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A word about that “Asian flu” moniker: It was common to name diseases after a place, sometimes even the place where the disease was first located or even came from. This rule has always been applied unevenly; for instance, the “Spanish Flu” pandemic most certainly did NOT originate in Spain. So why aren’t we calling SARS-CoV-2 the “Wuhan virus,” or COVID-19 the “Chinese disease”? One is almost inclined to admire the willful stupidity of persons pretending puzzlement over these questions, since the answer is so manifestly obvious: because doing so is blatantly racist and serves no other purpose than to function as a dog-whistle trigger for low-lifes such as the pond-scum comprising Donald Trump’s political base. One might as well complain that, “My grandfarther used to call black people by the ‘n’ word, and address them as ‘boy’! Why shouldn’t I be allowed to do that now, since it was so commonplace back then?” The naming convention for the disease has already been established, so no excuse other than racism can be offered for changing it in such a way as to blame a certain ethnic group. And let’s face it, even if SARS-CoV-2 is too tricky for their poor, pea-puddin’ racist brains to remember, terms like “novel coronavirus” and “COVID-19” are simple enough that even a remedial 3rd grader can learn and use them properly, all with little or no effort.

Book Sale

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Taylor/Francis (Routledge) is having a sale on electronic versions of the book I coauthored (and which this blog is named after) The Quantum of Explanation: Whitehead’s Radical Empiricism. The note from Routledge reads as follows:

(W)e’re running a monograph sale through June 11th. Readers can now access your book free-of-charge for seven days. At the end of the trial period, they’ll have the opportunity to purchase the eBook for £10/$15.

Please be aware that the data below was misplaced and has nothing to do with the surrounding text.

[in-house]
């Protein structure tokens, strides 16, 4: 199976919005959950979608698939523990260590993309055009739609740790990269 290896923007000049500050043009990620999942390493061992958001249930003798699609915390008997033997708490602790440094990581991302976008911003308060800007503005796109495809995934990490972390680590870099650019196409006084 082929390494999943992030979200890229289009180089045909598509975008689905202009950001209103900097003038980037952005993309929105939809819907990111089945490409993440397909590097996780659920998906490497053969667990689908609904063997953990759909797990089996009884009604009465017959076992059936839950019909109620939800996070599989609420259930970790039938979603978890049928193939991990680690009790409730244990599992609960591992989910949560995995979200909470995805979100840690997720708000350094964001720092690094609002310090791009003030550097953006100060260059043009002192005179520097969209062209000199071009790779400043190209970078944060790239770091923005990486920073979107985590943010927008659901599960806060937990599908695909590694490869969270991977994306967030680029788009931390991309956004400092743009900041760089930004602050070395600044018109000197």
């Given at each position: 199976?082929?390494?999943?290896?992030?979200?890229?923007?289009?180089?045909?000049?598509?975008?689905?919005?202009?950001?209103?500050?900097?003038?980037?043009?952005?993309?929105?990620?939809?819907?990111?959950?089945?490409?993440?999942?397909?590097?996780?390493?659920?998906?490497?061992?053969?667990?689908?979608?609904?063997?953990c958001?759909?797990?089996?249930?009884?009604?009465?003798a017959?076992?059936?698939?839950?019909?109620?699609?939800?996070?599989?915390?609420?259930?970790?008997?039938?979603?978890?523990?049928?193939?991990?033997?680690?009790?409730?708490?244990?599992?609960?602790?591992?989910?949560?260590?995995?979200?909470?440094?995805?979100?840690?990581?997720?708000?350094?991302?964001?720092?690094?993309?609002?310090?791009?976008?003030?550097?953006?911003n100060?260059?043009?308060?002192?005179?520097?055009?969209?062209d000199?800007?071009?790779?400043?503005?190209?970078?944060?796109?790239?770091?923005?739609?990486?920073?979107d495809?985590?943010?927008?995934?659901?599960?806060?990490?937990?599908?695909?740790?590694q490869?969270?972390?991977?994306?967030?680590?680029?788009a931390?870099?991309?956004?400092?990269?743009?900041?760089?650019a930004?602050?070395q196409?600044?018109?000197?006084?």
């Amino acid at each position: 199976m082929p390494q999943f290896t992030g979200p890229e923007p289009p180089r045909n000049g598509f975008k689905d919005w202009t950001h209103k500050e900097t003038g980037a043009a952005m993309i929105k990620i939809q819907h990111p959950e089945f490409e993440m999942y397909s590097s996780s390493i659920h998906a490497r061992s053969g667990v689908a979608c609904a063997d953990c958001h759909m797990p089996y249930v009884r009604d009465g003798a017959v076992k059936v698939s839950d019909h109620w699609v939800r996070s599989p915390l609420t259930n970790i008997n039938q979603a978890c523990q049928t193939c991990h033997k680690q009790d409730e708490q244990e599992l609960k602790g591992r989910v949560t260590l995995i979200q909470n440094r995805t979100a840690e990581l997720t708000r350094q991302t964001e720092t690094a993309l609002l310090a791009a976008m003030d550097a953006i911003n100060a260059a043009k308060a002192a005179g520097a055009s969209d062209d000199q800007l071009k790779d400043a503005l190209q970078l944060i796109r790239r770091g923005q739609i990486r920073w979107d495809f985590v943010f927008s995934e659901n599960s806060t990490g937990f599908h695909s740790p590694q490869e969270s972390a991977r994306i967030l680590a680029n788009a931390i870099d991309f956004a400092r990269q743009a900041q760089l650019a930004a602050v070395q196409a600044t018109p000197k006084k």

https://tfstore.kortext.com/the-quantum-of-explanation-215103 (EPUB version)

https://tfstore.kortext.com/the-quantum-of-explanation-199954 (PDF version)

While I am obviously biased, many people who are not me also think that it is a very good book — indeed, one of the most important contributions to Whitehead scholarship in the last few decades. Many books in the secondary literature get Whitehead wrong; if you read our book, you’ll have some idea just how wrong. But in addition, Quantum will (ideally) provide you with essential insights into Whitehead’s magnum opus, Process and Reality, so that you might see for yourself why this latter book is such a revolution in thinking for the Western tradition. I’m not making any money off of this sale, and the price being asked by Routledge is pretty nearly unbeatable. So I encourage you to check it out!

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Year of the Plague 4: Leaving Facebook During Isolation

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I left Facebook – permanently – on Wednesday, May 6th, 2020, around 12:00 PM Central US time. What an absolutely peculiar thing to do during a period of extreme social isolation, especially for someone who is already at the extreme end of social isolation. Perhaps the only peculiarity is that it required a plague year to drive me to it. This will be a personal blog entry, with no special appeal to higher philosophical principles than those that naturally leak through me on account of who I am. Besides, it’s my blog and I’ll b!tch if I want to.

Before I go further, let me state that I am in favor of social media establishing and enforcing meaningful community standards of what is appropriate and acceptable. Fascists, terrorists, psychopaths, racists, and their ilk are persons who would exploit nominal tolerance for the purpose of annihilating it. Karl Popper spoke and wrote on this subject at various times under the heading of “the paradox of tolerance.” But there’s nothing even marginally paradoxical here. “Tolerance” is toleration for other ideas and for rational disagreement. But there’s nothing even remotely paradoxical about a refusal to be patient of one’s own extirpation. Tolerance can only go as far as those who are equally willing to be tolerant. Those who would destroy “the other” – really, all others – for the purpose of hegemonic, monocultural domination, own no space under, and have no claim upon, the umbrella of tolerance. There is nothing paradoxical about this. Continue reading

Year of the Plague 3: Against Stupidity…

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the gods themselves contend in vain.i